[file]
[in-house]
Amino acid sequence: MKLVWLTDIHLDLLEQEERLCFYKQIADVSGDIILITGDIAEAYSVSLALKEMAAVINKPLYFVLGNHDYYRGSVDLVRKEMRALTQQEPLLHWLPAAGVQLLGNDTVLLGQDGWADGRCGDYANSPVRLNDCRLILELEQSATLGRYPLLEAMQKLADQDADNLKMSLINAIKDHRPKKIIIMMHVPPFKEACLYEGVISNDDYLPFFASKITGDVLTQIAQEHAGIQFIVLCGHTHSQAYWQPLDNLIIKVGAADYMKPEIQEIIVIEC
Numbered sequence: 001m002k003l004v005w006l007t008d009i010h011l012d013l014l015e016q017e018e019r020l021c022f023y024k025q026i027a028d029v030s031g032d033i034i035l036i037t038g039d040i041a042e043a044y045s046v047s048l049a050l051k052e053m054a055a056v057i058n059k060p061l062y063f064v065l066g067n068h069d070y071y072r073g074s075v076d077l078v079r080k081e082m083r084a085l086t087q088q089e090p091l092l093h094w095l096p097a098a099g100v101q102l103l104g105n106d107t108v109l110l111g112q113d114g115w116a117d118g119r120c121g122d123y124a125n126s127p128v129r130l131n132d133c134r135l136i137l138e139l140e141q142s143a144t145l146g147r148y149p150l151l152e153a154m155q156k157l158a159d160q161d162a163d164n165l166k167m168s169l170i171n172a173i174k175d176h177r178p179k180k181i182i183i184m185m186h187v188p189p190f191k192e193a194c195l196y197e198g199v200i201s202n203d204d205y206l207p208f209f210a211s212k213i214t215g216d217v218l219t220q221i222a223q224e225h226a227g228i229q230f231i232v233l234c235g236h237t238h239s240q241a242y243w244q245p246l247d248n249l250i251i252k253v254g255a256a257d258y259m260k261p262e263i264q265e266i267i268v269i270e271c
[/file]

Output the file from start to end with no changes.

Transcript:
[in-house]
Amino acid sequence: MKLVWLTDIHLDLLEQEERLCFYKQIADVSGDIILITGDIAEAYSVSLALKEMAAVINKPLYFVLGNHDYYRGSVDLVRKEMRALTQQEPLLHWLPAAGVQLLGNDTVLLGQDGWADGRCGDYANSPVRLNDCRLILELEQSATLGRYPLLEAMQKLADQDADNLKMSLINAIKDHRPKKIIIMMHVPPFKEACLYEGVISNDDYLPFFASKITGDVLTQIAQEHAGIQFIVLCGHTHSQAYWQPLDNLIIKVGAADYMKPEIQEIIVIEC
Numbered sequence: 001m002k003l004v005w006l007t008d009i010h011l012d013l014l015e016q017e018e019r020l021c022f023y024k025q026i027a028d029v030s031g032d033i034i035l036i037t038g039d040i041a042e043a044y045s046v047s048l049a050l051k052e053m054a055a056v057i058n059k060p061l062y063f064v065l066g067n068h069d070y071y072r073g074s075v076d077l078v079r080k081e082m083r084a085l086t087q088q089e090p091l092l093h094w095l096p097a098a099g100v101q102l103l104g105n106d107t108v109l110l111g112q113d114g115w116a117d118g119r120c121g122d123y124a125n126s127p128v129r130l131n132d133c134r135l136i137l138e139l140e141q142s143a144t145l146g147r148y149p150l151l152e153a154m155q156k157l158a159d160q161d162a163d164n165l166k167m168s169l170i171n172a173i174k175d176h177r178p179k180k181i182i183i184m185m186h187v188p189p190f191k192e193a194c195l196y197e198g199v200i201s202n203d204d205y206l207p208f209f210a211s212k213i214t215g216d217v218l219t220q221i222a223q224e225h226a227g228i229q230f231i232v233l234c235g236h237t238h239s240q241a242y243w244q245p246l247d248n249l250i251i252k253v254g255a256a257d258y259m260k261p262e263i264q265e266i267i268v269i270e271c